UK Home Secretary pressed to halt anti-Muslim US preacher’s visit
Terry Jones had threatened to burn Quran on 9/11 anniversary this year.
London: UK Home Secretary Theresa May is reportedly under immense pressure to halt a visit by anti-Muslim US preacher Terry Jones, who had threatened to burn copies of the Quran on the anniversary of 9/11 this year, to Britain after far-right activists said he had agreed to address them at a demonstration about "the evils of Islam".
Earlier, the English Defence League (EDL) said it was "proud to announce" that Jones would be attending the event in Luton in early February.
The Guardian quoted Jones’ website as saying that he intended to visit the EDL`s "biggest demonstration to date" in February, adding: "During the protest, Dr Terry Jones will speak against the evils and destructiveness of Islam in support of the continued fight against the Islamification of England and Europe."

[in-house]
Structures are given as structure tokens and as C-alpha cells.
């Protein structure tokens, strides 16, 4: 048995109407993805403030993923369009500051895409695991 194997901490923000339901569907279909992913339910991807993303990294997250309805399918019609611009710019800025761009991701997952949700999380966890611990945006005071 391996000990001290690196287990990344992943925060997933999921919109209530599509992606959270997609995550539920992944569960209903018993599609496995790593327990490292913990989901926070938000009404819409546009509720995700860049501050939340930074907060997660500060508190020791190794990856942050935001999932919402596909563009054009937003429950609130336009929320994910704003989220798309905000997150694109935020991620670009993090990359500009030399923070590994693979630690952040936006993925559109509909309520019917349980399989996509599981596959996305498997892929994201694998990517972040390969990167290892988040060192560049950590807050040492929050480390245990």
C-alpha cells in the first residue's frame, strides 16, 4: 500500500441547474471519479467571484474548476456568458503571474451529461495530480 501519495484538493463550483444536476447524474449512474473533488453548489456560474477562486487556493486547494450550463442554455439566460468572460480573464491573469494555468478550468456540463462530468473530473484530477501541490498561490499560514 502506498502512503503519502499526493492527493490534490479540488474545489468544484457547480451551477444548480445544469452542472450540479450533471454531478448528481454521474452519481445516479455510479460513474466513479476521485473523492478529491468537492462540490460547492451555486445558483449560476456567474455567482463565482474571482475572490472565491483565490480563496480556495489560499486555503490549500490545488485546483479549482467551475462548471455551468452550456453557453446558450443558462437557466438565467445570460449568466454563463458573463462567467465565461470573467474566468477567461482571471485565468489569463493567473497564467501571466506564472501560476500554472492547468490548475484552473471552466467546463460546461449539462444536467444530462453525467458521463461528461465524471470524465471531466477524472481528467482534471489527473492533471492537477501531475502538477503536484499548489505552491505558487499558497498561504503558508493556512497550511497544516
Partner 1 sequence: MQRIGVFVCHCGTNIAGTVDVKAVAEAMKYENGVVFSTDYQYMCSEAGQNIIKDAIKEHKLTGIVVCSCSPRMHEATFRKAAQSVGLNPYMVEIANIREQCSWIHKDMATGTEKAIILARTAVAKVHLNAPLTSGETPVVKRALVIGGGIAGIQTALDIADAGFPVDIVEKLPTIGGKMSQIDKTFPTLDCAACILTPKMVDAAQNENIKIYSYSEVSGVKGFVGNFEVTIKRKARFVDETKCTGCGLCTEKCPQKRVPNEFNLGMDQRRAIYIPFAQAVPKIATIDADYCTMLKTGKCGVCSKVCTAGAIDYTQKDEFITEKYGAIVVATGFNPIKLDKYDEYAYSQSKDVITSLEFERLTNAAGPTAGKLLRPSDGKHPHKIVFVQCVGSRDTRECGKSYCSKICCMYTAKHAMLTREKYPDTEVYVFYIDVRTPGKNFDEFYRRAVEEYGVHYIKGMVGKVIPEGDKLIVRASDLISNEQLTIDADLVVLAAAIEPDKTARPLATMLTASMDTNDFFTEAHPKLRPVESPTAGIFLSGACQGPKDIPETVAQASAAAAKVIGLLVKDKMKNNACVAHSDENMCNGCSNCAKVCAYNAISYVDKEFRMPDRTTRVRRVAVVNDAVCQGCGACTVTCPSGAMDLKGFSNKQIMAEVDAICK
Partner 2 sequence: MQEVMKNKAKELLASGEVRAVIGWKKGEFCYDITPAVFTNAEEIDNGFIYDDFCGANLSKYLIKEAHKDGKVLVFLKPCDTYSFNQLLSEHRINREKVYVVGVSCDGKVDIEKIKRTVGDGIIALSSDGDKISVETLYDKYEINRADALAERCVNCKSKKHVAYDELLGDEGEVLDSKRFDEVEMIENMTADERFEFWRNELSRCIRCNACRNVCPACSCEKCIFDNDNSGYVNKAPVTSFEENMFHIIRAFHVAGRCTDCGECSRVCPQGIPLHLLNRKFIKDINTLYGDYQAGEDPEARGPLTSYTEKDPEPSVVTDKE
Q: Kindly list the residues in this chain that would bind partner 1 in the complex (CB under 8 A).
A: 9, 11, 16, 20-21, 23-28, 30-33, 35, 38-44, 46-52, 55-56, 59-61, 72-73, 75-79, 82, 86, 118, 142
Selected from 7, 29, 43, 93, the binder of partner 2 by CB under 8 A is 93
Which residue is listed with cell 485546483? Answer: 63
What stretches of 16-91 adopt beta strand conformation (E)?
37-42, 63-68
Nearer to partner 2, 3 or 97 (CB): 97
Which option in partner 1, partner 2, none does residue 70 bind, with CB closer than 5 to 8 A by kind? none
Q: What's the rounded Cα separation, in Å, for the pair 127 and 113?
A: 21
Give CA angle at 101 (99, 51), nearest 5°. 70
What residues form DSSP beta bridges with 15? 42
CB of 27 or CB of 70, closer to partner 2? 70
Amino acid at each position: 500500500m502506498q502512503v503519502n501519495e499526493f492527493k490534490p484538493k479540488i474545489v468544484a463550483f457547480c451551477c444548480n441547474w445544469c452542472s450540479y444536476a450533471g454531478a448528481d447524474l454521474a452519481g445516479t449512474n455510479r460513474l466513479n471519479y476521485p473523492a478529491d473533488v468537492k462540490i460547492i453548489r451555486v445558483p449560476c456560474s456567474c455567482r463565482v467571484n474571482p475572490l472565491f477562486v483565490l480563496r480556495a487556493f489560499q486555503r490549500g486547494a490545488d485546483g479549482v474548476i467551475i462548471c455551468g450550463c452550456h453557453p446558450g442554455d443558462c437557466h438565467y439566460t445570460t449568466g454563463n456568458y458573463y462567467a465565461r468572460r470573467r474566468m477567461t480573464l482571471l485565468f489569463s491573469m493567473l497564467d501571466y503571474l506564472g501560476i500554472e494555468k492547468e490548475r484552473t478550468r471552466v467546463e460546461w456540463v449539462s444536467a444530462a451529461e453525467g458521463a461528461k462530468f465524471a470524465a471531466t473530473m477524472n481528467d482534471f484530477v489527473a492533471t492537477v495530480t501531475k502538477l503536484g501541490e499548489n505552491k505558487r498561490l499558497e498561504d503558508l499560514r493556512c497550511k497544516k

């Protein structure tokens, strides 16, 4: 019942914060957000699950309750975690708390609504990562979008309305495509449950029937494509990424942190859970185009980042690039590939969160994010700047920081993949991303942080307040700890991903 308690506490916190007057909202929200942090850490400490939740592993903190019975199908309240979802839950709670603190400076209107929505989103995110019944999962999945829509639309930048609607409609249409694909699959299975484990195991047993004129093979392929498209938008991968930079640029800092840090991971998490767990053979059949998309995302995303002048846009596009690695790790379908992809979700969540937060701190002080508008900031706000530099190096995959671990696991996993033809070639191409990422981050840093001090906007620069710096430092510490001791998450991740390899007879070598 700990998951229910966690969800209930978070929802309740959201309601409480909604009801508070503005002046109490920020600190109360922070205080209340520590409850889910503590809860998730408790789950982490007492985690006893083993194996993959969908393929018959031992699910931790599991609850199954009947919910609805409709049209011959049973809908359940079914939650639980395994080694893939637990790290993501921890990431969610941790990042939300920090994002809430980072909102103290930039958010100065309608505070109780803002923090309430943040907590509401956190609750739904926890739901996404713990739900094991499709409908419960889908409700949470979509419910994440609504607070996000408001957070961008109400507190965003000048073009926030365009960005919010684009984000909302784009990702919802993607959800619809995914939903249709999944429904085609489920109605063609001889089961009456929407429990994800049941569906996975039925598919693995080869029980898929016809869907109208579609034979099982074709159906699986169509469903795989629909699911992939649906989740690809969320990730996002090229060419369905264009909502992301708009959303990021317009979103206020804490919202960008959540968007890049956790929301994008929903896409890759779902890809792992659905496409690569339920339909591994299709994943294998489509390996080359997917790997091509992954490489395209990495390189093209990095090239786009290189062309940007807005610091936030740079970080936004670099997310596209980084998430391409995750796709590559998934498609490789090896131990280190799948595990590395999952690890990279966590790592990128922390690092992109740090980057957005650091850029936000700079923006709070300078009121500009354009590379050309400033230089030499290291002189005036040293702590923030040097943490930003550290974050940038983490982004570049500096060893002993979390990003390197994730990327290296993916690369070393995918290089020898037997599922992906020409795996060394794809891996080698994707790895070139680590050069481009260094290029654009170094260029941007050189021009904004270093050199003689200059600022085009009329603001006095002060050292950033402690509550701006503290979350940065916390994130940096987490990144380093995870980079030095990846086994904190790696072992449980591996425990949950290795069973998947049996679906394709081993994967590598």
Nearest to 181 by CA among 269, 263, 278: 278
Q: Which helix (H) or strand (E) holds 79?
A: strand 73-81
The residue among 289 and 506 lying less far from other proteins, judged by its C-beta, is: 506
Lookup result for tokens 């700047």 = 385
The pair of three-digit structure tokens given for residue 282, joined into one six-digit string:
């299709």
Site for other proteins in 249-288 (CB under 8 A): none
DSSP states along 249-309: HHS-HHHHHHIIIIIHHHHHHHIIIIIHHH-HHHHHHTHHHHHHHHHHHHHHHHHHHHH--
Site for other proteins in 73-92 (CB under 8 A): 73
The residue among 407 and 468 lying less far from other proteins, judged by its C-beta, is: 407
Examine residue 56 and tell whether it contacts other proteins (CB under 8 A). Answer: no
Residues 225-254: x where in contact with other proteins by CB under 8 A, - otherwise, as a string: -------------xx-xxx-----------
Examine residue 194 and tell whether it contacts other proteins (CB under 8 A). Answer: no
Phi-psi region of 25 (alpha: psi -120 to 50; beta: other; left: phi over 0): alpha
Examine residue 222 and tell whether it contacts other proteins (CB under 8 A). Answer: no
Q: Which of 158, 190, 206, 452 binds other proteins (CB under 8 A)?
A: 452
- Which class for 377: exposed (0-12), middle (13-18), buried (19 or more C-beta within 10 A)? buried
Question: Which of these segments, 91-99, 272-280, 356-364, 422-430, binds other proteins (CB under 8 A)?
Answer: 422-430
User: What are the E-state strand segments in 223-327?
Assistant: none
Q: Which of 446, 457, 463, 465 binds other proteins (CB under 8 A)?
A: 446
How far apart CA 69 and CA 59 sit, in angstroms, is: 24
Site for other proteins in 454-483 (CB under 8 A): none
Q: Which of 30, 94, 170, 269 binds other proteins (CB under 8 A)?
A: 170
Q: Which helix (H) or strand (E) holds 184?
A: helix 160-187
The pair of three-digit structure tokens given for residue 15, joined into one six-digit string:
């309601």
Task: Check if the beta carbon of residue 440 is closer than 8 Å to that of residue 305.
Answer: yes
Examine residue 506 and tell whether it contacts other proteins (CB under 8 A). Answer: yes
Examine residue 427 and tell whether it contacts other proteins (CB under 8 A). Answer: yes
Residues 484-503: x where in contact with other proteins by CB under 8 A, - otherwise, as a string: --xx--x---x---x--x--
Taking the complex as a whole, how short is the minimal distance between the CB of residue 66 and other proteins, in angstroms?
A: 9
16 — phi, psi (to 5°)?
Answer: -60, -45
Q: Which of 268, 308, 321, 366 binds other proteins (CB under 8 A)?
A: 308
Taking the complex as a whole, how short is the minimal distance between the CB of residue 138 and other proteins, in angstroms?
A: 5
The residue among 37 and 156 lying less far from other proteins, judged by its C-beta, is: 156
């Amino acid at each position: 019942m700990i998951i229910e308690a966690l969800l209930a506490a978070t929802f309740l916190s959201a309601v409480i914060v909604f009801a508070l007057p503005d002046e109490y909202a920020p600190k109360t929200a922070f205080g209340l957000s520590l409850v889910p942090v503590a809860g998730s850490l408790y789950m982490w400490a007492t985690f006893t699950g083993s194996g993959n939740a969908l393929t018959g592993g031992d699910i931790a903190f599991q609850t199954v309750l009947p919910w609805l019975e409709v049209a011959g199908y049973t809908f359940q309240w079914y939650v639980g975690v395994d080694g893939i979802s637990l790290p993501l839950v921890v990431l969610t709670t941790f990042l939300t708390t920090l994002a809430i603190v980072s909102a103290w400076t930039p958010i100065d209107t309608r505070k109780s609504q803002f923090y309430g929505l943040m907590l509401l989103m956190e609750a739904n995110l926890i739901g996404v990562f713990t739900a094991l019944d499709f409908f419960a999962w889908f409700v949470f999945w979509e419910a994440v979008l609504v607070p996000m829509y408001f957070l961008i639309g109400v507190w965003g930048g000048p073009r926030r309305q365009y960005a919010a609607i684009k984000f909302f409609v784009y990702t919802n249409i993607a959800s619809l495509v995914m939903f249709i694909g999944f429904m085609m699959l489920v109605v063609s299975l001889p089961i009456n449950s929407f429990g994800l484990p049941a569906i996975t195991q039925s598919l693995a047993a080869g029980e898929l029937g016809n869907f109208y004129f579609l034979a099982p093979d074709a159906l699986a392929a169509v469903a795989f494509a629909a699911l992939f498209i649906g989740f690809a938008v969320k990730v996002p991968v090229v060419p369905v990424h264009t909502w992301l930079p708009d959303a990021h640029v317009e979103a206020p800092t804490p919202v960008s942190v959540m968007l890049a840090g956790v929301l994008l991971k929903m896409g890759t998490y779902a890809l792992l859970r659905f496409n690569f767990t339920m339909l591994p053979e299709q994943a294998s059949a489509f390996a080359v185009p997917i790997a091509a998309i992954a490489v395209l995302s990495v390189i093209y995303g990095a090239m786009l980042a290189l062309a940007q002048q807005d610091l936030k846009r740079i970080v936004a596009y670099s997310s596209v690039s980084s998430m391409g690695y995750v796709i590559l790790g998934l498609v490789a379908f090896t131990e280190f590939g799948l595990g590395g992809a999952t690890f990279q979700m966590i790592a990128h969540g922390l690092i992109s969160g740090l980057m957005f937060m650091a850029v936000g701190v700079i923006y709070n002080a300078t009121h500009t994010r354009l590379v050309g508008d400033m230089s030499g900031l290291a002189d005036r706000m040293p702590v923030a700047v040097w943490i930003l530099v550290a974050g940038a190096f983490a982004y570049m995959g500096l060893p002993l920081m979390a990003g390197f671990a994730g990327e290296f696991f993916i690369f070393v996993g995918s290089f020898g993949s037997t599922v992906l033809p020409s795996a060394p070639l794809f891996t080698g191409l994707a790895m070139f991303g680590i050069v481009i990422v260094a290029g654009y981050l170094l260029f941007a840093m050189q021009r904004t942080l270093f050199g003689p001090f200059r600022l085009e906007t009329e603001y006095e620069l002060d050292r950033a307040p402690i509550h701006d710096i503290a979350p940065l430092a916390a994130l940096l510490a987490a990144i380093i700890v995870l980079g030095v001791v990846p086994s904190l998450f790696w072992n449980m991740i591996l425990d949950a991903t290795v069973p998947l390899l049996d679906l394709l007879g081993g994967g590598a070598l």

However, the British anti-extremist campaign, Hope Not Hate, launched its own petition urging May to ban Jones from Britain, while MPs demanded immediate action from the home secretary, the paper said.
"Pastor Jones`s presence in Luton will be incendiary and highly dangerous. He will attract and encourage thousands of English Defence League supporters to take to the streets of Luton,” Nick Lowles, Hope Not Hate`s campaign co-ordinator, said.
"Like the EDL, Pastor Jones indiscriminately targets all Muslims and their actions can only lead to increased tensions and racism in our communities. His appearance will rightly cause concern and fear among Muslims across the country," he added.
Meanwhile, Jon Cruddas, Labour MP for Dagenham, said he would table an urgent parliamentary motion tomorrow demanding that the pastor be banned from coming into the country.
May has the power to exclude or deport an individual if she thinks their presence in the UK could threaten national security, public order or the safety of citizens, the paper added.
She has already acted against the EDL, banning a march in Leicester in November.